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Bombax
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The Maths Topic
PostPosted: Sun 19 Nov, 2006  Reply with quote

So, have you ever wondered why the constant pi, with the symbol π, why does it have to be so complicated? Why do you always need to rely on the π button on your calculator that doesn't show all the decimals anyway but only about up to 3.1415926535? Why can't π just be 3? Well, today I cooked up a proof to show you that indeed π is 3!

Whatever π is, I can always base it of another value right? A value we call x? So now I have this little starter equation:
x = (π + 3) / 2
Shouldn't be too hard for any of you to understand. Now, I multiply both sides with 2.
2x = (π + 3)
You're following me right? Now, I will multiply both sides with (π - 3). This causes:
2x(π - 3) = (π + 3)(π - 3)
Now, through basic algebra I simplify the terms into this.
2xπ - 6x = π^2 - 9
The little ^ symbol means "powered by" which in this case "powered by two" or "squared" so basicly I can write 3^2 = 3 × 3 = 9 which I did with the nine up there.
Now, we rearrange the terms with some simple algebra.
9 - 6x = π^2 - 2xπ
Just for the fun of it, I'm going to add x^2 to each side (x squared).
x^2 - 6x + 9 = x^2 - 2xπ + π^2
If you might notice, each side can now be written as a squared parenthesis, using the quadration law backwards. This might help you understand:
(x - 3)^2 = (x - π)^2
Now let's just drag the square root out of both sides.
x - 3 = x - π
Take away x from both sides and multiply both sides with -1.
-3 = -π
3 = π

Ah, but look! I have successfully proved that 3 = pi! Our worries are over! Or...?

The one that can spot the mistake in this proof gets a free cookie.


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piculum
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PostPosted: Sun 19 Nov, 2006  Reply with quote

It seems valid.


Except:
Quote:
(x - 3)^2 = (x - π)^2
Now let's just drag the square root out of both sides.


You can't do that without checking. wink5
To prove that:

(-3)^2 = (3)^2
We get
9 = 9

Now, remove the square root:
-3 = 3

Oops, wrong. smile


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Bombax
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PostPosted: Sun 19 Nov, 2006  Reply with quote

Woho! Someone actually discovers the false lead! Goodo work thumbs Here is your free cookie! cookiemonster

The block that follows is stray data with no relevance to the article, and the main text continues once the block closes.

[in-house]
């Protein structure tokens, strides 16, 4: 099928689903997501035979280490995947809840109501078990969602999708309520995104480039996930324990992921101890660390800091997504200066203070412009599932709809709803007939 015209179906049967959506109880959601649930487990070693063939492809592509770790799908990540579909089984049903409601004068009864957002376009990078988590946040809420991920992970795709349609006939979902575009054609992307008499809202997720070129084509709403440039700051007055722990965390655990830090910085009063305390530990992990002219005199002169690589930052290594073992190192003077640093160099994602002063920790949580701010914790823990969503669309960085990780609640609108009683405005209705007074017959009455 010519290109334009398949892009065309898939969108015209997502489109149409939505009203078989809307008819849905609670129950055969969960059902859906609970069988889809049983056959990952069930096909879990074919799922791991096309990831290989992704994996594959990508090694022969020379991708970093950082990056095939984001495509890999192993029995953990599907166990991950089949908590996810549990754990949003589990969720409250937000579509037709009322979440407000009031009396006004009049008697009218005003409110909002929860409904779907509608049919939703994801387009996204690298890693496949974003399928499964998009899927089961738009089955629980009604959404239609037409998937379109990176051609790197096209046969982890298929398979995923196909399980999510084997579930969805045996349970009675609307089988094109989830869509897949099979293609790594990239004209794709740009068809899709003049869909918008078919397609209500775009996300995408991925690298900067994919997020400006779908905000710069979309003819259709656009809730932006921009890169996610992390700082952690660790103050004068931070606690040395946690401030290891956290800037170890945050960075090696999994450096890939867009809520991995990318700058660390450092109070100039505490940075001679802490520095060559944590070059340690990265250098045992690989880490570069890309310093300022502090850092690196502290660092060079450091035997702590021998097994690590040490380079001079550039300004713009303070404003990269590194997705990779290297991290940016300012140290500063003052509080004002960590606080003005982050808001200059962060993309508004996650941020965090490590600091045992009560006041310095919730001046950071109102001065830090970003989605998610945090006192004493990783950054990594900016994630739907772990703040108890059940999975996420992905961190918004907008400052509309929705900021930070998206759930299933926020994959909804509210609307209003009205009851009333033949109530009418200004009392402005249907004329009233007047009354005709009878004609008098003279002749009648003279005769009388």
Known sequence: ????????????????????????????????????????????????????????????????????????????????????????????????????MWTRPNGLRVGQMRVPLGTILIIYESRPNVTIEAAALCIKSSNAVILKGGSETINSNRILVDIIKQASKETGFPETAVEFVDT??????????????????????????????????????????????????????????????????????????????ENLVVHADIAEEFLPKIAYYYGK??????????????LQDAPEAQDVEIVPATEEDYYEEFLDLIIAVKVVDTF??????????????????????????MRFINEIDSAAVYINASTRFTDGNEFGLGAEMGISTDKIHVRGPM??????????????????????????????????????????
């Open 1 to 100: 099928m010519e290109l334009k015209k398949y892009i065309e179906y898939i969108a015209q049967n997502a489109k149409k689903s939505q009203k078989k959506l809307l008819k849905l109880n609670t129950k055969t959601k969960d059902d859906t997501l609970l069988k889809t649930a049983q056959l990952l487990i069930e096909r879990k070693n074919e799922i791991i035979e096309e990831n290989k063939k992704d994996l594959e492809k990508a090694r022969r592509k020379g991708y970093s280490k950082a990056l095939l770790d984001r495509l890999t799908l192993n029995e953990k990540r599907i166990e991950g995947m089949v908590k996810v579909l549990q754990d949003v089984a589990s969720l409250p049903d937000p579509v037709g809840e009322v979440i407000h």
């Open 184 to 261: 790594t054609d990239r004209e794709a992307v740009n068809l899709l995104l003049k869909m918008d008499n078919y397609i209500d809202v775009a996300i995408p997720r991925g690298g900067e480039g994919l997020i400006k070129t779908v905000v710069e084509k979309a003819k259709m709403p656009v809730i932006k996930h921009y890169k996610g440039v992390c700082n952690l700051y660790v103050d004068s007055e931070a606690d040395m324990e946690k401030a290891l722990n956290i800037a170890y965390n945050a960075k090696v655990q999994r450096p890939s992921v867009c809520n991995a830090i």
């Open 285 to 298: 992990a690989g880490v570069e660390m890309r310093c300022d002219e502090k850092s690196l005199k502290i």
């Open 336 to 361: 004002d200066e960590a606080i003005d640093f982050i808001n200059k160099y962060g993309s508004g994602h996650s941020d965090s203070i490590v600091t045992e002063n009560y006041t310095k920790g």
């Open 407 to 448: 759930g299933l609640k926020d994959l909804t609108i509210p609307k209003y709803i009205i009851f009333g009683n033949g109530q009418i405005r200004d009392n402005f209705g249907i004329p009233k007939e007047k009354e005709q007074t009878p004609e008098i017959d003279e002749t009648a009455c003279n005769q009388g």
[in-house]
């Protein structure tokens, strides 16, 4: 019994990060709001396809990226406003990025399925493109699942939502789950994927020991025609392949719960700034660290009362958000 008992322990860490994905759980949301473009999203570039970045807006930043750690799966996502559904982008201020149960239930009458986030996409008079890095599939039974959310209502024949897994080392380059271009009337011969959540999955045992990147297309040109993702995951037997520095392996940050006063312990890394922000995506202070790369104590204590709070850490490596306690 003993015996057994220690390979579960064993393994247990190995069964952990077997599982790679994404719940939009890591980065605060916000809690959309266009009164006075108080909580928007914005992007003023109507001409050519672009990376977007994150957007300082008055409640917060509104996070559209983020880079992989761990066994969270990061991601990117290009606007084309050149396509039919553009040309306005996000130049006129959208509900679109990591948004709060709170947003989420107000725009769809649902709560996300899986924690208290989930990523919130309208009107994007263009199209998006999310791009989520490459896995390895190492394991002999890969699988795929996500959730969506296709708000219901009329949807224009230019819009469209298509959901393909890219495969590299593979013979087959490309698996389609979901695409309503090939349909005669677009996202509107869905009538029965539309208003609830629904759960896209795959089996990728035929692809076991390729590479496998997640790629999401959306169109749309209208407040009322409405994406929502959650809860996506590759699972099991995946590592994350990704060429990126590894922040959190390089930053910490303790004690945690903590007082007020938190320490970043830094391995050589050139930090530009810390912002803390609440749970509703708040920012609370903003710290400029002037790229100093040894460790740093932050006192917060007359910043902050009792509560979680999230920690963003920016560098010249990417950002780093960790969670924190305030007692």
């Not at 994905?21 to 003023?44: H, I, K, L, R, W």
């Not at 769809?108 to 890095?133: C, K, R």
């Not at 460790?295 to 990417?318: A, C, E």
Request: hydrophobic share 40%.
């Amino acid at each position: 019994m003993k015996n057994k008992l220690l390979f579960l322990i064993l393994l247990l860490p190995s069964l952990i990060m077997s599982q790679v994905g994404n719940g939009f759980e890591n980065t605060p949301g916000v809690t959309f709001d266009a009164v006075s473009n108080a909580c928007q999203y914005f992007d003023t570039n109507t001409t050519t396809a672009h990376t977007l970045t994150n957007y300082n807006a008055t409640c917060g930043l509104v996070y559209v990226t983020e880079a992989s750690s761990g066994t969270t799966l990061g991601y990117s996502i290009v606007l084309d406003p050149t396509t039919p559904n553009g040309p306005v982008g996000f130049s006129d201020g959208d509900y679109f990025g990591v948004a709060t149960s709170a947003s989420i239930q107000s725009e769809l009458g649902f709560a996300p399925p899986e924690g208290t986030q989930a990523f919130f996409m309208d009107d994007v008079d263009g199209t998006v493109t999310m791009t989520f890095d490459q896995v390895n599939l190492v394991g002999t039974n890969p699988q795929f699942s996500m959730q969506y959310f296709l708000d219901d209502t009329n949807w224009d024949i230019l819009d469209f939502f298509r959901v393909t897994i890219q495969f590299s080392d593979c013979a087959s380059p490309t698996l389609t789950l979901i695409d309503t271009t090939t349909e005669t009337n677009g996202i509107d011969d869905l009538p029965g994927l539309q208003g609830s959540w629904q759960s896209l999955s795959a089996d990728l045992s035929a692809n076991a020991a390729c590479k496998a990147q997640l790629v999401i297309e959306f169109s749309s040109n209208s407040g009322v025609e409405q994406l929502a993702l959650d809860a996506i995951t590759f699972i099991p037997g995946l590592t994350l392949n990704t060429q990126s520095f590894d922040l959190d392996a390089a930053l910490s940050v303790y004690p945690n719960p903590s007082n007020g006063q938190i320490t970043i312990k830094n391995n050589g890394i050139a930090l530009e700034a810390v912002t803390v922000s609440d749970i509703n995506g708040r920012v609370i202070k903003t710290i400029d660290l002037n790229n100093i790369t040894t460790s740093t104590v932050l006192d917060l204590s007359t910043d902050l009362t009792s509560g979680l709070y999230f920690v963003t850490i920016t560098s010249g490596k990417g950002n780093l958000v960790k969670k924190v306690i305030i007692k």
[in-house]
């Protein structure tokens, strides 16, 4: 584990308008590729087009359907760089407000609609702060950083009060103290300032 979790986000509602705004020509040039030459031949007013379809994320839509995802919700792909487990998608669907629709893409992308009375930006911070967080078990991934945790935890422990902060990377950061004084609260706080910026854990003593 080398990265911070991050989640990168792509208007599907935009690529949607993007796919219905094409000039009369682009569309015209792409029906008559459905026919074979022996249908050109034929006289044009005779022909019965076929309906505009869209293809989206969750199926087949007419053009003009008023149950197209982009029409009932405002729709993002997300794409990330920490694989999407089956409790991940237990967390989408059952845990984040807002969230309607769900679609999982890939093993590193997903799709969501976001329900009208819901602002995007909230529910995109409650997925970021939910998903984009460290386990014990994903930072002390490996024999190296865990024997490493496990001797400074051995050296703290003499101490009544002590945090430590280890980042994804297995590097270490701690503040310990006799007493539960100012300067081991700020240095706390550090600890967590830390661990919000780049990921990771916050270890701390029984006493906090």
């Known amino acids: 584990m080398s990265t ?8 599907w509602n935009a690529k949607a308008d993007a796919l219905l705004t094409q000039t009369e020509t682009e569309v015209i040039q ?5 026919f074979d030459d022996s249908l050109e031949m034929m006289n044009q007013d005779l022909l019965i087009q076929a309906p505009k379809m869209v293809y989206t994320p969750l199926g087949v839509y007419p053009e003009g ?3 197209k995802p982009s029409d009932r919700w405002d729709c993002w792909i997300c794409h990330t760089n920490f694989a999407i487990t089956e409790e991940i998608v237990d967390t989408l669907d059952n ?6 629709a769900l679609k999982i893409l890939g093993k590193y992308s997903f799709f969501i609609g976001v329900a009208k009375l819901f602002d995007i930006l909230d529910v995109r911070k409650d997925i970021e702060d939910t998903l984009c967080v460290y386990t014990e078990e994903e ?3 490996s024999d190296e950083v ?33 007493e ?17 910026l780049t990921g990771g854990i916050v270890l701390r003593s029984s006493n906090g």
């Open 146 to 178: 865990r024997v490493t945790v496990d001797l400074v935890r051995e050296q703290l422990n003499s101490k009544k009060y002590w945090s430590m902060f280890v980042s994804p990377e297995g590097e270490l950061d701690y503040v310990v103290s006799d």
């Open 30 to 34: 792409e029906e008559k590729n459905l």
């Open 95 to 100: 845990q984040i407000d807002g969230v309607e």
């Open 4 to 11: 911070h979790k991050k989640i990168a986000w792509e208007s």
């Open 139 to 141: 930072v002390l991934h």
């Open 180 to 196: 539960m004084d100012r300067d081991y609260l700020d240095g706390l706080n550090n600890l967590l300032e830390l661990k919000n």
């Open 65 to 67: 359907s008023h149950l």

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KingOmar
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PostPosted: Sun 19 Nov, 2006  Reply with quote

Oh man i wish i had that cookie hand voor hoofd
*KingOmar takes a cookie cookiemonster


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piculum
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PostPosted: Sun 19 Nov, 2006  Reply with quote

Cool. Thanks. smile

* Piculum slaps Omar, grabs the cookie out of his hands and eats it... tounge2 wink5


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KingOmar
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PostPosted: Mon 20 Nov, 2006  Reply with quote

*KingOmar sadly cries for cookie. cry

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Bruno
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PostPosted: Mon 20 Nov, 2006  Reply with quote

x = (π + 3) / 2

× 2

2x = (π + 3)

× (π - 3)

2πx - 6x = π² - 9

↓ THEREFORE

9 - 6x = π² - 2πx

+ x²

x² - 6x + 9 = π² - 2πx + x²

↓ THEREFORE

(x - 3)² = (x - π)²

↓ THEREFORE

(x - 3)² - (x - π)² = 0

Now given the aspect of that (the difference between two roots of multiplicity two outputting zero), this expression is not a function, and moreover it has no points anywhere in { x ϵ ℝ | x ≠ (3 + π)∕2 } whilst for { x ϵ ℝ | x = (3 + π)∕2 }, y = ] -∞, +∞ [ so that is makes true the first statement: x = (π + 3)/2 smile

<edit>Now, whoever solves the following equation gets a biscuit:

x = ³√8

Tip: it's not as simple as you think it is. kiekeboe</edit>


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Bombax
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PostPosted: Mon 20 Nov, 2006  Reply with quote